To me, a "complete row or column of squares" (using your diagrams) would mean six horizontal squares or four vertical squares, but that seems rather meaningless in context.

In regard the four images in this section, why is there an "R" token in the second image. Why is it needed?
In the third and fourth image, what's that funny jagged red line meant to represent?

Law of Diagonally Positioned Obstruction
BTW, I think you shouldn't use the term "random player" for the "R" token, that token doesn't represent a player, it represents a figure doesn't it? "Random figure" would make more sense.

"If one (or both) diagonally positioned square(s) adjacent to either you or the target (or both) is obstructed, this law states an attack is made impossible.
Note that for the purpose of this law, a diagonally positioned obstruction can only be between the attack and his target (i.e. it cannot be on the same row or column of either one)"

This seems rather ill-defined. To me, it seems to be a matter of opinion if something is between the attacker and defender. Again, I suspect this is because you know what you meant but for me, I'm left to puzzle what the intent is.

Law of Shared Corners
You've totally lost me on this section. I understand the diagrams but I'm not sure how I would determine this without an aid for every single possible arrangement of Attacker and Defender.

The law of 5
Again, you have lost me. What is meant by "any battle area of 5v3 or greater"? 5v3? Do you mean 5 spaces by 3 spaces?

"Attempt to establish a center". Centre of what?

Are you just saying that the centre of the attacker's square must not be blocked to the centre of the defender's square? In other words, the more usual centre to centre LOS rule?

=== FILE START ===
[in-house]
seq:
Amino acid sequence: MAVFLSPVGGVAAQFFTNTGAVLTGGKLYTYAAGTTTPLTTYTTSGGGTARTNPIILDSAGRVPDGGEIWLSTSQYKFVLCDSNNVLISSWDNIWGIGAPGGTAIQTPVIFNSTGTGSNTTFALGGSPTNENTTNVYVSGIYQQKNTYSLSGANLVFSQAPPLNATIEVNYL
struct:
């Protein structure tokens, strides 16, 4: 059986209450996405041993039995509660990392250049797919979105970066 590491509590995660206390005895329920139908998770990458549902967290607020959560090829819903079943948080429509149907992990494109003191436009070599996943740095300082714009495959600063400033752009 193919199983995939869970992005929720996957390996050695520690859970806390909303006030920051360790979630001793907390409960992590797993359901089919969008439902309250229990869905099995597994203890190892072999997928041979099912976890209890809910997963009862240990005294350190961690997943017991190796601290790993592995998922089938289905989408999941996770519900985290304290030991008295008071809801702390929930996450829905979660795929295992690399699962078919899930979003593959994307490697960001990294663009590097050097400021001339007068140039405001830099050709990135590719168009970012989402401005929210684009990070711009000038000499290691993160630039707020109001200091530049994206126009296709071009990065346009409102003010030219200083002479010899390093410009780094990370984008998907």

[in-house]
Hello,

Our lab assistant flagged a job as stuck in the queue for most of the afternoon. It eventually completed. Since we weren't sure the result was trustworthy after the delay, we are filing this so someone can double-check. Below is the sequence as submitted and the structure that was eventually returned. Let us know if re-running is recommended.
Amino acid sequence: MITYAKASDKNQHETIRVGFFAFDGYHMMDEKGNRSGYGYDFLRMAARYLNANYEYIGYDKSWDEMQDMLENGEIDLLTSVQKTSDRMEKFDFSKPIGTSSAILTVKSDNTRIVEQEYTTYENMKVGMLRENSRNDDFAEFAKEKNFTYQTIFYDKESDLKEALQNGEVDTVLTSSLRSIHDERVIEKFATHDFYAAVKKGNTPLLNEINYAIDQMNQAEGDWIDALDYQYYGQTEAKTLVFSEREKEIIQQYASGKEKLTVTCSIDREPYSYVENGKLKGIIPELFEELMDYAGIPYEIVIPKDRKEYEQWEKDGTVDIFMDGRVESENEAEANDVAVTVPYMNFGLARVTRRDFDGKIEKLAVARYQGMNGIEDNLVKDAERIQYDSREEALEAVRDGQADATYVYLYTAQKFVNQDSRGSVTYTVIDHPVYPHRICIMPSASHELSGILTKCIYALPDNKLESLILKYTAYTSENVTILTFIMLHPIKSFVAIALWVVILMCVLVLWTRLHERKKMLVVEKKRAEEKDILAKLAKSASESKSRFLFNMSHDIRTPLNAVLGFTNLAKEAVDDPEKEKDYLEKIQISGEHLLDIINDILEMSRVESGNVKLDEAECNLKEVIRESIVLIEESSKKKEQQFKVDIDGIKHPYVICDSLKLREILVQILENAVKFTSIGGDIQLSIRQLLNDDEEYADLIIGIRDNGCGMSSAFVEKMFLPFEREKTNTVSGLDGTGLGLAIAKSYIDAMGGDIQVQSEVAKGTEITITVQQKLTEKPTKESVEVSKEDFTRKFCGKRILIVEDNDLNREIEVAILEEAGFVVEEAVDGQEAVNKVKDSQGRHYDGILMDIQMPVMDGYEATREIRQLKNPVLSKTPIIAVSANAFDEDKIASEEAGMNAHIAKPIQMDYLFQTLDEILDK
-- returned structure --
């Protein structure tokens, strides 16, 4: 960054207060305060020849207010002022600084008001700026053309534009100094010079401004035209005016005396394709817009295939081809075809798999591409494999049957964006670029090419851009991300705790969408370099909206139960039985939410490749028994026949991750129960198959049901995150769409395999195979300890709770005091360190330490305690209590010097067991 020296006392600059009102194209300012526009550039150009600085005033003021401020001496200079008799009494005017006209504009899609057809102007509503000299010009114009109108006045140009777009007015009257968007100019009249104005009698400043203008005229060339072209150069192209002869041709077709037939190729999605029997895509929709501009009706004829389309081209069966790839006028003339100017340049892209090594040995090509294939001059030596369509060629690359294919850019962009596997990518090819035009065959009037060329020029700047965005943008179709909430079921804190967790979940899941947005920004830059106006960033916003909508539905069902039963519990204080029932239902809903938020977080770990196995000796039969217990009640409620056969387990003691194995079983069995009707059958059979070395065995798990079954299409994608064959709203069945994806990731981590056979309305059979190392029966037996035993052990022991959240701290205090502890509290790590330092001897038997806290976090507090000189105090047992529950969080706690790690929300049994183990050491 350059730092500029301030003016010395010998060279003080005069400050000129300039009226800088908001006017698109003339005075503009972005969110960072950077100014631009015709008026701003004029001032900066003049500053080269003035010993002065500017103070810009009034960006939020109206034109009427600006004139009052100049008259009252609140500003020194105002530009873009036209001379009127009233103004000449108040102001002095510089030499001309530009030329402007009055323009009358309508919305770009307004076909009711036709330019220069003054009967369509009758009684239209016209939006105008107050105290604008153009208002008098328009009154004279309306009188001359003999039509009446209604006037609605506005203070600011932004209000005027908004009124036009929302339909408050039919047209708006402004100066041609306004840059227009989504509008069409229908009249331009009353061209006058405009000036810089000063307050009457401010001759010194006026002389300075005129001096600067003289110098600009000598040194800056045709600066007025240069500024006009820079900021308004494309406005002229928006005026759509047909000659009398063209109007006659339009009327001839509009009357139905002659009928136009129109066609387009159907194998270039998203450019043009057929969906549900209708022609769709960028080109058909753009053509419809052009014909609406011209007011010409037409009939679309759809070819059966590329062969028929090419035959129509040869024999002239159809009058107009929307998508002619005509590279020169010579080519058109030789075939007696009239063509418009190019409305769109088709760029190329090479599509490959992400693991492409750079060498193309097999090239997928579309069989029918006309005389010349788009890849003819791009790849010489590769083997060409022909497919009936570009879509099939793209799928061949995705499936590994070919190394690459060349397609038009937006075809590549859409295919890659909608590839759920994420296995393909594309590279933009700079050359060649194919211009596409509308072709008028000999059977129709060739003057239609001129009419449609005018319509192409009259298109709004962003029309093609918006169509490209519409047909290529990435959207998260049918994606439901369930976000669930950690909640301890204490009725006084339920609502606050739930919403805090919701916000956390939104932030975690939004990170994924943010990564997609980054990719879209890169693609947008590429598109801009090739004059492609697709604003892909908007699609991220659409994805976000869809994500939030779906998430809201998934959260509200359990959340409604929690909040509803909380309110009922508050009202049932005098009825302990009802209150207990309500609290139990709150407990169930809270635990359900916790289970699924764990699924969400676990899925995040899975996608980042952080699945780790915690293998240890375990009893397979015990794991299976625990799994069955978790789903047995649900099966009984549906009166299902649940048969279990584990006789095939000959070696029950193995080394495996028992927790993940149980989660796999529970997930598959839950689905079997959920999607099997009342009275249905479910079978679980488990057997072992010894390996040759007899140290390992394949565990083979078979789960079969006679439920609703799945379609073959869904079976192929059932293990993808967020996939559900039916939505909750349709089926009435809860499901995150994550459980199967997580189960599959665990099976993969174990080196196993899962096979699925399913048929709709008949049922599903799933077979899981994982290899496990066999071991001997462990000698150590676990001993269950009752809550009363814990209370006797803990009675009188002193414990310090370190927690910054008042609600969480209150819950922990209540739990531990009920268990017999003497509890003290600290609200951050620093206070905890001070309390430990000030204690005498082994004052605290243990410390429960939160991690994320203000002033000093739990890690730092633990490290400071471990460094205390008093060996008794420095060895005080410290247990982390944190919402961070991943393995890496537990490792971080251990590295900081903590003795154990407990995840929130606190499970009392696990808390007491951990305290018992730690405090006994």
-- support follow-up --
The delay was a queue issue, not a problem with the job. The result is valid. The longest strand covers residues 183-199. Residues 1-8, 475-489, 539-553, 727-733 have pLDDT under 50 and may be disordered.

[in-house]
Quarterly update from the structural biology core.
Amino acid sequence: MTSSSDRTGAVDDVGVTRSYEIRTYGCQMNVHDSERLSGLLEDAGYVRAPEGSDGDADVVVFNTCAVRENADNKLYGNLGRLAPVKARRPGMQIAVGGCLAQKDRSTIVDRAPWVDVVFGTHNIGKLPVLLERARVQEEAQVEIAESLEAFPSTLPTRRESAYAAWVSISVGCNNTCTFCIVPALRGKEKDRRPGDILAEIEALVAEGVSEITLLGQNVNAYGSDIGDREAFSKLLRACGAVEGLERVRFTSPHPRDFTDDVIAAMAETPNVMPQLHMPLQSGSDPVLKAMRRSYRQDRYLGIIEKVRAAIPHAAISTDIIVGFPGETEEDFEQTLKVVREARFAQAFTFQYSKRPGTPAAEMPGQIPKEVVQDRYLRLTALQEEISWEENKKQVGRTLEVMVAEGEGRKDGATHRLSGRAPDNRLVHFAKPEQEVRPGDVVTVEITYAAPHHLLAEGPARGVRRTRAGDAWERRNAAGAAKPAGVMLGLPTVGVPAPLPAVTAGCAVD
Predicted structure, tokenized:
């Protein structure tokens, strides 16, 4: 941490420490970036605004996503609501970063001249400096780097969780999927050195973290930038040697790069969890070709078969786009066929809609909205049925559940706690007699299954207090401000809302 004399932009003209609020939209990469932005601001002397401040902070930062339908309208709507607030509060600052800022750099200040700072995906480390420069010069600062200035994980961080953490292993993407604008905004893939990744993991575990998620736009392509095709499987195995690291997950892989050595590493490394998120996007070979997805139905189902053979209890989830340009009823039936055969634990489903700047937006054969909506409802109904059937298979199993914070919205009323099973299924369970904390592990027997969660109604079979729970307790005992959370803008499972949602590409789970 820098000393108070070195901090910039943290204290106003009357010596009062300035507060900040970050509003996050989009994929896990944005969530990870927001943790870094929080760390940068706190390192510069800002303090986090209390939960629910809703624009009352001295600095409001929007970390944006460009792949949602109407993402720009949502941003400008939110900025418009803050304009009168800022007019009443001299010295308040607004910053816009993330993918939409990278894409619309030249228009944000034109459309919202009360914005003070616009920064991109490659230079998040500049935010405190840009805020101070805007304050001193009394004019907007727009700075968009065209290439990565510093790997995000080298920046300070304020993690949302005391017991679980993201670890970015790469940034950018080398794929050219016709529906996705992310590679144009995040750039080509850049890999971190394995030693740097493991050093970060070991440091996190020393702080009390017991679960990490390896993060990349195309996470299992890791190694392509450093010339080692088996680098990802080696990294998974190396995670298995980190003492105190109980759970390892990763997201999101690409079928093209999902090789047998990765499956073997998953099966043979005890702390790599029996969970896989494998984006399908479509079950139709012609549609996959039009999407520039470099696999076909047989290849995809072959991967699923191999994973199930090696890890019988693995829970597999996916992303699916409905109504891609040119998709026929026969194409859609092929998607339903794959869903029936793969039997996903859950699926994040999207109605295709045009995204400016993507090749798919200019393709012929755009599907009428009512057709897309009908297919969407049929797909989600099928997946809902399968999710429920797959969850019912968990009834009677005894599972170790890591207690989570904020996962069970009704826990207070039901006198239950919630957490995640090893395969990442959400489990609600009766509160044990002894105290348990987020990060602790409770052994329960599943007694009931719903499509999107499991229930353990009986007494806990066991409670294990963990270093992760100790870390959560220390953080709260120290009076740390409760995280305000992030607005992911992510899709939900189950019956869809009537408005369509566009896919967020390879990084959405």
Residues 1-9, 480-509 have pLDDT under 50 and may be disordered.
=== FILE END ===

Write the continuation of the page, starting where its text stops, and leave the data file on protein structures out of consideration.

In fact, except for one example, these rules appear to be just that, the more usual centre to centre LOS rules.

I hope you take this as constructive criticism, I don't really mind what version of LOS you use but for myself, I can't see any real benefit but that's partly because these rules seem more complex and vague than the original (which I do admit have some blindingly stupid situations).

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Jacob Schoberg
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Elkhorn
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This seems needlessly complex.
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Nate Parkes
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Ngooijers wrote:
I'm sharing these in the hopes of getting feedback and starting a discussion. I would love to hear some different opinions on the matter.


I'm also having difficulty following these rules. Moreover, even if the language were clarified, I don't think I'd adopt a line-of-sight system like this, simply because it sacrifices one of the key features of Descent (simplicity and functionality).